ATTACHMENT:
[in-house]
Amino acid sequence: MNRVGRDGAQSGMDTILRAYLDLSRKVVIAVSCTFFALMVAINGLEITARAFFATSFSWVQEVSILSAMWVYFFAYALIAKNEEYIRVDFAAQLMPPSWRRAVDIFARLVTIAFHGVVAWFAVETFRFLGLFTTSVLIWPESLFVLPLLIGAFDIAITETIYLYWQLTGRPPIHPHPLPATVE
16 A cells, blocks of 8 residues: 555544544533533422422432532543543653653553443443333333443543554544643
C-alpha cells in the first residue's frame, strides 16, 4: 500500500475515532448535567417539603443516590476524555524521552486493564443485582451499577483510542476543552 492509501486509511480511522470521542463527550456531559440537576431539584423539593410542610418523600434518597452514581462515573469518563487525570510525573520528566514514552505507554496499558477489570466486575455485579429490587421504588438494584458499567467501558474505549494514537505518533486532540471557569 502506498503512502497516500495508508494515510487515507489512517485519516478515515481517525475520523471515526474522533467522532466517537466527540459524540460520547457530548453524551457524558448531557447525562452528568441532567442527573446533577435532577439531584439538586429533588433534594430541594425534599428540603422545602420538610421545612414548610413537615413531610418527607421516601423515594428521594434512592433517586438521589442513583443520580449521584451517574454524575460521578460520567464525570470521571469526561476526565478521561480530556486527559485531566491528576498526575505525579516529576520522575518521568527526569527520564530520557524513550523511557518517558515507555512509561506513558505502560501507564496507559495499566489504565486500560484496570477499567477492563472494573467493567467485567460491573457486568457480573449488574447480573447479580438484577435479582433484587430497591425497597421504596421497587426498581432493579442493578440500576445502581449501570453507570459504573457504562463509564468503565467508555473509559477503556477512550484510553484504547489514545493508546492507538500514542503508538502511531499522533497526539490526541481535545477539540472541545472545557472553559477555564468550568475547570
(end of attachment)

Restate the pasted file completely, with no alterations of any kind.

[in-house]
Amino acid sequence: MNRVGRDGAQSGMDTILRAYLDLSRKVVIAVSCTFFALMVAINGLEITARAFFATSFSWVQEVSILSAMWVYFFAYALIAKNEEYIRVDFAAQLMPPSWRRAVDIFARLVTIAFHGVVAWFAVETFRFLGLFTTSVLIWPESLFVLPLLIGAFDIAITETIYLYWQLTGRPPIHPHPLPATVE
16 A cells, blocks of 8 residues: 555544544533533422422432532543543653653553443443333333443543554544643
C-alpha cells in the first residue's frame, strides 16, 4: 500500500475515532448535567417539603443516590476524555524521552486493564443485582451499577483510542476543552 492509501486509511480511522470521542463527550456531559440537576431539584423539593410542610418523600434518597452514581462515573469518563487525570510525573520528566514514552505507554496499558477489570466486575455485579429490587421504588438494584458499567467501558474505549494514537505518533486532540471557569 502506498503512502497516500495508508494515510487515507489512517485519516478515515481517525475520523471515526474522533467522532466517537466527540459524540460520547457530548453524551457524558448531557447525562452528568441532567442527573446533577435532577439531584439538586429533588433534594430541594425534599428540603422545602420538610421545612414548610413537615413531610418527607421516601423515594428521594434512592433517586438521589442513583443520580449521584451517574454524575460521578460520567464525570470521571469526561476526565478521561480530556486527559485531566491528576498526575505525579516529576520522575518521568527526569527520564530520557524513550523511557518517558515507555512509561506513558505502560501507564496507559495499566489504565486500560484496570477499567477492563472494573467493567467485567460491573457486568457480573449488574447480573447479580438484577435479582433484587430497591425497597421504596421497587426498581432493579442493578440500576445502581449501570453507570459504573457504562463509564468503565467508555473509559477503556477512550484510553484504547489514545493508546492507538500514542503508538502511531499522533497526539490526541481535545477539540472541545472545557472553559477555564468550568475547570